Use this free CD calculator to find out how much interest is earned on a CD.
A certificate of deposit, or CD, is an account that allows you to stash away some cash and earn fixed interest on it for a set period of time.
A 5-year CD can get you one of the highest savings rates while offering safety and a guaranteed return. In exchange for handing over your money for a longer term, banks are usually willing to offer you a higher interest rate. However, with the uncertainty over the future direction of interest rates, it makes figuring out where to park your cash a hard decision. The Federal Reserve isn't planning to cut rates again in the near future, but that could change.
Although average 5-year CD rates are hovering around 0.71 percent, we’ve shopped around to find some of the top nationally available CDs for you. Compare these offers, then calculate how much interest you would earn when your CD matures.
|Financial Institution||APY - 5 year||Minimum Deposit for APY||Bank Review|
|Delta Community Credit Union||2.00%||$1,000|
|Marcus by Goldman Sachs||1.90%||$500|
|SchoolsFirst Federal Credit Union||1.85%||$20,000|
|Randolph-Brooks Federal Credit Union||1.82%||$1,000|
|Golden 1 Credit Union||1.80%||$1,000|
|American Express National Bank||1.70%||$0|
Note: The APYs (Annual Percentage Yield) shown are as of April 2, 2020. Bankrate’s editorial team updates this information regularly, typically biweekly. APYs may have changed since they were last updated. The rates for some products may vary by region. (*Review links for some online banks may point to the parent bank's most recent review by Bankrate.)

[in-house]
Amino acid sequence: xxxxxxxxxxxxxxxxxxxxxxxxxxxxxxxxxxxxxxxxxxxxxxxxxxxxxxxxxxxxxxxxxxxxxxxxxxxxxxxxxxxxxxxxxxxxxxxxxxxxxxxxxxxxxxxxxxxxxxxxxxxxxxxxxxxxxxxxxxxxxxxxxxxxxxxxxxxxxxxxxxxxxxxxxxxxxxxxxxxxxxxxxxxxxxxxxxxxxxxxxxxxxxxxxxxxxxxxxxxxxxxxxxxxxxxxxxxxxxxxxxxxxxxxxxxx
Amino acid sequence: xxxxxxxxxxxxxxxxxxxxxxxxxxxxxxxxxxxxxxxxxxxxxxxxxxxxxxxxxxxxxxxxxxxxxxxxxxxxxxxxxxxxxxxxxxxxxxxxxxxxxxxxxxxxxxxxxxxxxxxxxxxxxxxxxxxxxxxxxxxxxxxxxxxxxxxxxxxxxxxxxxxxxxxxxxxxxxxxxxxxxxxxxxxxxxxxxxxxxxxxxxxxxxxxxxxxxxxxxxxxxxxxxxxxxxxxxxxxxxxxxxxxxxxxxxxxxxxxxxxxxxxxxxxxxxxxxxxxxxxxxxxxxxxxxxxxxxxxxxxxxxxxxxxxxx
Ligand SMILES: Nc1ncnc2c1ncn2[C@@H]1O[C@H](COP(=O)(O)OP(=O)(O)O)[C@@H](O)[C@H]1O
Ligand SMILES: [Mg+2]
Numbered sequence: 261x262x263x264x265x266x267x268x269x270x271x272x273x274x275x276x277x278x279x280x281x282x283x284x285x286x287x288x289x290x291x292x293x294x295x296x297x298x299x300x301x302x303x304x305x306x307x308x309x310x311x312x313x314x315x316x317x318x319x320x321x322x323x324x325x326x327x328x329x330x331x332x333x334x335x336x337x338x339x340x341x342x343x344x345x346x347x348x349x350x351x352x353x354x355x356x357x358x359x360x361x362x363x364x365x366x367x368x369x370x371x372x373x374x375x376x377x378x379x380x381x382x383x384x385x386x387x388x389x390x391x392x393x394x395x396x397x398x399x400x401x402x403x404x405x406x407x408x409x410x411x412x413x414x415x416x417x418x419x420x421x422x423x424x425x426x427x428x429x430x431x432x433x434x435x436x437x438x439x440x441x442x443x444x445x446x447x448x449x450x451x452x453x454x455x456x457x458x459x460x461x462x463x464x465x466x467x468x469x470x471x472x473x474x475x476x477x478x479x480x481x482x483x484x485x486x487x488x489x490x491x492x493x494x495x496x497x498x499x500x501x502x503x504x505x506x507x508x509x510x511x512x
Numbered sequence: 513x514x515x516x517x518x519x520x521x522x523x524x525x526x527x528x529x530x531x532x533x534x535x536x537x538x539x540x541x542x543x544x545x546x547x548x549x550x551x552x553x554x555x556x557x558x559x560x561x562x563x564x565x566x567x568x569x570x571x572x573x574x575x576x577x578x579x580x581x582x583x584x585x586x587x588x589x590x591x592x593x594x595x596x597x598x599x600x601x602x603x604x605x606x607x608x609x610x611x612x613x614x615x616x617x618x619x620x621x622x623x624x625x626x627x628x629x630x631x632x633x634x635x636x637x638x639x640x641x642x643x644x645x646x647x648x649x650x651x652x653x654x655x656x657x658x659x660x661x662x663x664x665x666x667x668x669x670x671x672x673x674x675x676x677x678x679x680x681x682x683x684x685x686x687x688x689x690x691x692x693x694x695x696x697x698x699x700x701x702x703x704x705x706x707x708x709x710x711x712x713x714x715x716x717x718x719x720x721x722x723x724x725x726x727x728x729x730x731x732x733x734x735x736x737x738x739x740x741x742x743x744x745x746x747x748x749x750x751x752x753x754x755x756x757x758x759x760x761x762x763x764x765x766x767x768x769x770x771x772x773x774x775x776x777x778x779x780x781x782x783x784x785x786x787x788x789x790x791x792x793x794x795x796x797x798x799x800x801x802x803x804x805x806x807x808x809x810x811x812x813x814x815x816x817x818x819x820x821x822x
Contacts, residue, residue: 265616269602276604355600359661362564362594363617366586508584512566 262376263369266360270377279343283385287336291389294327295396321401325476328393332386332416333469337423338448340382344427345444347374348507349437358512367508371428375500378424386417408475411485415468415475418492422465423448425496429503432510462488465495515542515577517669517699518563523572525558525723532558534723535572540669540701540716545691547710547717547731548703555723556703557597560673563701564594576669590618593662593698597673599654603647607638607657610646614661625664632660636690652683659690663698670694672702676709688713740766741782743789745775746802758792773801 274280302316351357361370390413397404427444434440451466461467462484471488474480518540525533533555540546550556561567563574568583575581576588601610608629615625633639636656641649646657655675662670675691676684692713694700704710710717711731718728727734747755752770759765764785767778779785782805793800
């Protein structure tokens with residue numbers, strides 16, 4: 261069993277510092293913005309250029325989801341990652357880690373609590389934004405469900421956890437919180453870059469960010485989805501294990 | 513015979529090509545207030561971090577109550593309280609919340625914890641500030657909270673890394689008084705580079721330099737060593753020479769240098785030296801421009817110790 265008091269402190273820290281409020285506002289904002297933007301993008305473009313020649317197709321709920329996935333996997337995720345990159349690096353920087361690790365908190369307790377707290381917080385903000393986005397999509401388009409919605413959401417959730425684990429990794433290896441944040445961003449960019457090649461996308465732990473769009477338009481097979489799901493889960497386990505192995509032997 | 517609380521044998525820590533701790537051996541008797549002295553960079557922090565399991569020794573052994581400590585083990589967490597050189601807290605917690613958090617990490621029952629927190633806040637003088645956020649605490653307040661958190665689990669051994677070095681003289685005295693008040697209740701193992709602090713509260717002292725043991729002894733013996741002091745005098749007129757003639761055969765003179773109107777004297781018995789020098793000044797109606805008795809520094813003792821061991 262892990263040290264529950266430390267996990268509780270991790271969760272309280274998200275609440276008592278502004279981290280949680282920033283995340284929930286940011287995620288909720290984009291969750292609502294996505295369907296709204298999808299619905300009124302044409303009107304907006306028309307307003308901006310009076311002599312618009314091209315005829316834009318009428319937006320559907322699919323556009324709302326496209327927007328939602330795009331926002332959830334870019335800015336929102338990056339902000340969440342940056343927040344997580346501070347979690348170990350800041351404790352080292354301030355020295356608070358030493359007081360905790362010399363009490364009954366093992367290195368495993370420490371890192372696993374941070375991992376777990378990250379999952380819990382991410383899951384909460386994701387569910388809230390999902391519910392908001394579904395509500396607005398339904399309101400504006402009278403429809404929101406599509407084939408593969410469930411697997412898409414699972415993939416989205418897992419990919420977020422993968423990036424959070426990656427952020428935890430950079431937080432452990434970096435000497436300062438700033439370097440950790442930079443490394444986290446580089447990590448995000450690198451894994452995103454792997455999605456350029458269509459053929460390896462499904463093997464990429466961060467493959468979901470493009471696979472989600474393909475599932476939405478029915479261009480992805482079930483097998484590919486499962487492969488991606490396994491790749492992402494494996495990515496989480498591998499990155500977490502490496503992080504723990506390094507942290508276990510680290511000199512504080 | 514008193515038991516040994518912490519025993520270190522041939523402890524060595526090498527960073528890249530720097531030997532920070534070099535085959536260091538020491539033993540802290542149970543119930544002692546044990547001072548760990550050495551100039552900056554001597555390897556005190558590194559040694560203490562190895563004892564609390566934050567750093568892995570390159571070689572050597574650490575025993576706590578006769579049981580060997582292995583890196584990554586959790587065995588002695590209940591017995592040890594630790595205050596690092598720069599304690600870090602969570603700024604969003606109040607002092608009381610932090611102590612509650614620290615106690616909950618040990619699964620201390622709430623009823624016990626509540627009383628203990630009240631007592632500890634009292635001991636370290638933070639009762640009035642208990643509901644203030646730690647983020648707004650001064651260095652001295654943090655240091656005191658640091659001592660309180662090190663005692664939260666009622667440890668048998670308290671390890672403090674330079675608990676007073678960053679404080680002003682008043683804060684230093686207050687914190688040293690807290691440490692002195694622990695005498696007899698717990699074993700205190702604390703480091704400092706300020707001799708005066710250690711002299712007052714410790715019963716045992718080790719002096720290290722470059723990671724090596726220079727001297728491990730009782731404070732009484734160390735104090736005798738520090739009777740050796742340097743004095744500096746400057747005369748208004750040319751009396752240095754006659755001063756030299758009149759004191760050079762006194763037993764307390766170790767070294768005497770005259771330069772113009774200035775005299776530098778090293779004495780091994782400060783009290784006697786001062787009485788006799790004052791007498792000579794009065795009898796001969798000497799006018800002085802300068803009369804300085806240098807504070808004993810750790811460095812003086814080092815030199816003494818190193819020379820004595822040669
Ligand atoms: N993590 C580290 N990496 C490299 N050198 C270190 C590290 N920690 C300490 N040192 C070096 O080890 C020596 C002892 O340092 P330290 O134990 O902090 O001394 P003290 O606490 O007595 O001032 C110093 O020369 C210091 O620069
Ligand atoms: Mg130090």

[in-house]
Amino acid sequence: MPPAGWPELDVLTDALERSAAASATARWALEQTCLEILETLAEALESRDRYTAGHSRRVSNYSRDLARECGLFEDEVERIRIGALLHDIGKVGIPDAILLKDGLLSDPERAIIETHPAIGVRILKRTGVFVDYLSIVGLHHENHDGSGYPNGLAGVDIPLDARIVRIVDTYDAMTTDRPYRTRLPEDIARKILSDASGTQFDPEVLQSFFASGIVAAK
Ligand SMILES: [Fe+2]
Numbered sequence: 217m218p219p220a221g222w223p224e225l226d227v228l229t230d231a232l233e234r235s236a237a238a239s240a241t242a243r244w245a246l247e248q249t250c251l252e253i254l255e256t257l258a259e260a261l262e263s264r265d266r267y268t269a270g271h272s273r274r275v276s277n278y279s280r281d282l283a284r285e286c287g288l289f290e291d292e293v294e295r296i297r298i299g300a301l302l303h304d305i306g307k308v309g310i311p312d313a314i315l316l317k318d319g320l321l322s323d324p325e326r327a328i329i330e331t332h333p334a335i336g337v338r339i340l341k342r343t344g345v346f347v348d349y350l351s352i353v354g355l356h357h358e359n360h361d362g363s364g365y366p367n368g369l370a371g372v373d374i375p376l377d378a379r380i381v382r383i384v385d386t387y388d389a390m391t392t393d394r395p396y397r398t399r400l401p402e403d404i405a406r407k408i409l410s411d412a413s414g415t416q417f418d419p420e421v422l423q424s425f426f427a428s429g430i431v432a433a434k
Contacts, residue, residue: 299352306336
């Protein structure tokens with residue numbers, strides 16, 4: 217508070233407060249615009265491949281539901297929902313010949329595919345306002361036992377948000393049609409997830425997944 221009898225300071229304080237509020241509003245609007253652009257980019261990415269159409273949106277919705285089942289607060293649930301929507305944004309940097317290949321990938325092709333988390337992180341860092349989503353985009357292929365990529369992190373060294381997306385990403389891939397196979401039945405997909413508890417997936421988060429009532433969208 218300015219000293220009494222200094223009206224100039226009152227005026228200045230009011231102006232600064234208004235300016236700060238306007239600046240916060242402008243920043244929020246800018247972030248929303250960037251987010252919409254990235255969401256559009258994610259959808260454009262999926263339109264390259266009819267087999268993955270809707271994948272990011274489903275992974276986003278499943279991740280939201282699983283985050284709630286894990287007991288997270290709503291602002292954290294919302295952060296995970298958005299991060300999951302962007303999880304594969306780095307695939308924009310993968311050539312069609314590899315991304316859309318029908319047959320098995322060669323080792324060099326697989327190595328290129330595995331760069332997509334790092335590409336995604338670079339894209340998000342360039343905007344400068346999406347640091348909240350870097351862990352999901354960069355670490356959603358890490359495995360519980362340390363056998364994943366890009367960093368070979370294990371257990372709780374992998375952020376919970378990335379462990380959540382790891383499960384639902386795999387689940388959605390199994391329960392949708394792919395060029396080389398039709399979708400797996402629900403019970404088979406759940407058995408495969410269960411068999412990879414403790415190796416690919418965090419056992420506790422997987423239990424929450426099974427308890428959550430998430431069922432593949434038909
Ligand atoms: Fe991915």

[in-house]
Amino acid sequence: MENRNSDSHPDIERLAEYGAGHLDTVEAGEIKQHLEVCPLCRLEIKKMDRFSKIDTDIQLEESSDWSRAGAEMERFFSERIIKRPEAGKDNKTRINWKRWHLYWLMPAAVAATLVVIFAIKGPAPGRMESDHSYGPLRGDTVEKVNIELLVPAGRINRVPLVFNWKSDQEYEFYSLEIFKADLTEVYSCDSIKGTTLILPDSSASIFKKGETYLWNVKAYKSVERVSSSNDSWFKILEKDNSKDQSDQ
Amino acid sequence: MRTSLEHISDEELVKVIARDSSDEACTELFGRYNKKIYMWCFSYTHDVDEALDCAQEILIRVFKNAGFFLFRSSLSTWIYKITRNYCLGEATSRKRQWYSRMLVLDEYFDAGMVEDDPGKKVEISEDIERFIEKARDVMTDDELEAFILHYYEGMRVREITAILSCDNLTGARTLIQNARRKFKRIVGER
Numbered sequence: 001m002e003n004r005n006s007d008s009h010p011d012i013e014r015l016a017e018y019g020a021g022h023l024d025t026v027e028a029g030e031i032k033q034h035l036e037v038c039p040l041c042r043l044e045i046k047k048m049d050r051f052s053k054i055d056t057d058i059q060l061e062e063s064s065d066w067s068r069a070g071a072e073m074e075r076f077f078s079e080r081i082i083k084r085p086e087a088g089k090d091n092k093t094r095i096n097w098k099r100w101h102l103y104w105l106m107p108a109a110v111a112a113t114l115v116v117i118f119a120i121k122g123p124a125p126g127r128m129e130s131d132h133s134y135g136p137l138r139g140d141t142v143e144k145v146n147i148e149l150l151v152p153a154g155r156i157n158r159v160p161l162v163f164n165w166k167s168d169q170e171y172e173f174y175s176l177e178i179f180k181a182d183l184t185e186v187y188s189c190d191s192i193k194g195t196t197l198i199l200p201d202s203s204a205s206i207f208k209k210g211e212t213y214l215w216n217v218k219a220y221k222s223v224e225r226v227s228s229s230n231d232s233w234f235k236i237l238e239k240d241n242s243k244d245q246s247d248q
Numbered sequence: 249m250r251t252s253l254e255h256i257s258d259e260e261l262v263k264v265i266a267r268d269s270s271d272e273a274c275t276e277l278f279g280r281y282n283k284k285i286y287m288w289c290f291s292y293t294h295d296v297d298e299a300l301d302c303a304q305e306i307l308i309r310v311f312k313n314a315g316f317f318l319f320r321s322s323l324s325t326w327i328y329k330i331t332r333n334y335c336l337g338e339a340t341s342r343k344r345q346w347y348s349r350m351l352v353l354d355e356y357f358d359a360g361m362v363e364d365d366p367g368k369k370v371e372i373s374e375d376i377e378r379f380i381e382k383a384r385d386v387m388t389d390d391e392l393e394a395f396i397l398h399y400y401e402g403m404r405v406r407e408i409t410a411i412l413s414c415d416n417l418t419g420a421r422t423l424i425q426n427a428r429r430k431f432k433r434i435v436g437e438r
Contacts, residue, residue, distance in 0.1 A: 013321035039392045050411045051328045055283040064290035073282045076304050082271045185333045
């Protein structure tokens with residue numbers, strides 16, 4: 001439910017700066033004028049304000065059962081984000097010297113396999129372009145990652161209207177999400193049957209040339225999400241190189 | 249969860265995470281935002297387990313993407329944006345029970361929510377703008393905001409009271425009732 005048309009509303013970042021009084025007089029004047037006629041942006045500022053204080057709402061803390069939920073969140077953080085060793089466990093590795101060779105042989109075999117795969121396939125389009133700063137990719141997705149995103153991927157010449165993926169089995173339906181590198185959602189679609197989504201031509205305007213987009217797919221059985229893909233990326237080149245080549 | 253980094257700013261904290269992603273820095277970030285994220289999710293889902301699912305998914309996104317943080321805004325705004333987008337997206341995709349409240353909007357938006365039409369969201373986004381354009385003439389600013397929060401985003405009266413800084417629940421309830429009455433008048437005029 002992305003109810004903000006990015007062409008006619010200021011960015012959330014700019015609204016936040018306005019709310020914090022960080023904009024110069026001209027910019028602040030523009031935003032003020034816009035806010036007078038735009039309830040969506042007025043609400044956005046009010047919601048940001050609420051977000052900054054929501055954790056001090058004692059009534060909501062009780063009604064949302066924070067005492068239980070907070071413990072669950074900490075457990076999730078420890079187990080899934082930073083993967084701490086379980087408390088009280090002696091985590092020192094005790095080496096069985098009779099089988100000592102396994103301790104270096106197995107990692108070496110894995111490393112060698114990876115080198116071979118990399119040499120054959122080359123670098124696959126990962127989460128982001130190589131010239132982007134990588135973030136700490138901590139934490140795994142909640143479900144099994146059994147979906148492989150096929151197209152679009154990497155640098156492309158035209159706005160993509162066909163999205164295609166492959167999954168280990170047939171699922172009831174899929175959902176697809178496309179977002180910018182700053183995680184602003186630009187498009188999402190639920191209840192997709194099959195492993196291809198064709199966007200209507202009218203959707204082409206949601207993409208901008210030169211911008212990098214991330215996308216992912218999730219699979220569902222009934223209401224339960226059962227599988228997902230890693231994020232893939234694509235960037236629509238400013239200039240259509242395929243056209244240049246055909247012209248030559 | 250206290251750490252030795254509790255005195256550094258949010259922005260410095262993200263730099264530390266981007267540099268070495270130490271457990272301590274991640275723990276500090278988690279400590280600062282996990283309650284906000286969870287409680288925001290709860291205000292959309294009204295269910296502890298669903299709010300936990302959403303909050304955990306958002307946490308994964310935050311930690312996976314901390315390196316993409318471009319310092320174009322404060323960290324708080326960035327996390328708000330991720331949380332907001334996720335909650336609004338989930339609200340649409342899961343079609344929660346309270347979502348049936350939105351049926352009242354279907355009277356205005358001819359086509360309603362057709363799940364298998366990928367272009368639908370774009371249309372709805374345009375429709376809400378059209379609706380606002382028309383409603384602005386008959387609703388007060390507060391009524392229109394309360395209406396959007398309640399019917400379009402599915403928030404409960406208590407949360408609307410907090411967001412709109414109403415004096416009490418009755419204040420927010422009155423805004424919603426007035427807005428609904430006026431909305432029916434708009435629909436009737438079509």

Savers looking for the best CD rates probably want to venture online. Even if a bank is relatively small or not well-known, as long as it's a member of the Federal Deposit Insurance Corp. (FDIC), you can rest easy knowing each depositor is protected up to at least $250,000 per insured bank. At a National Credit Union Administration (NCUA) credit union, the standard share insurance amount is up to $250,000 per share owner, per insured credit union, for each ownership category.
One thing to look for, though: ease of use. Banks that make it difficult or time-consuming to deposit and withdraw funds may waste so much of your time that it outweighs the benefit of a few extra basis points of interest on your savings.
Delta Community Credit Union began as the Delta Employees Credit Union in 1940. It was started by eight Delta Air Lines employees. Delta Community Credit Union has more than 400,000 members and has 26 branches in metro Atlanta and three branches outside of Georgia.
Anyone living or working in metro Atlanta and employees of more than 150 businesses are welcome at Delta Community Credit Union. Delta Air Lines, Chick-fil-A and UPS are some of the eligible businesses.
Marcus by Goldman Sachs is a brand of Goldman Sachs Bank USA. Marcus offers a variety of CDs, three no-penalty CD terms and a savings account.
Marcus by Goldman Sachs now has an app available on iOS and one coming to Google Play this spring, according to Marcus’ website.
Barclays Bank doesn’t have minimum balance requirements to open its CDs and savings account. That means it’s an option for savers of all levels.
The bank offers nine CD terms. Barclays also offers a savings account, which has a competitive APY.
Banks tend to have a 10-day grace period when your CD matures. But at Barclays, you have a 14-day grace period to withdraw your money without being penalized.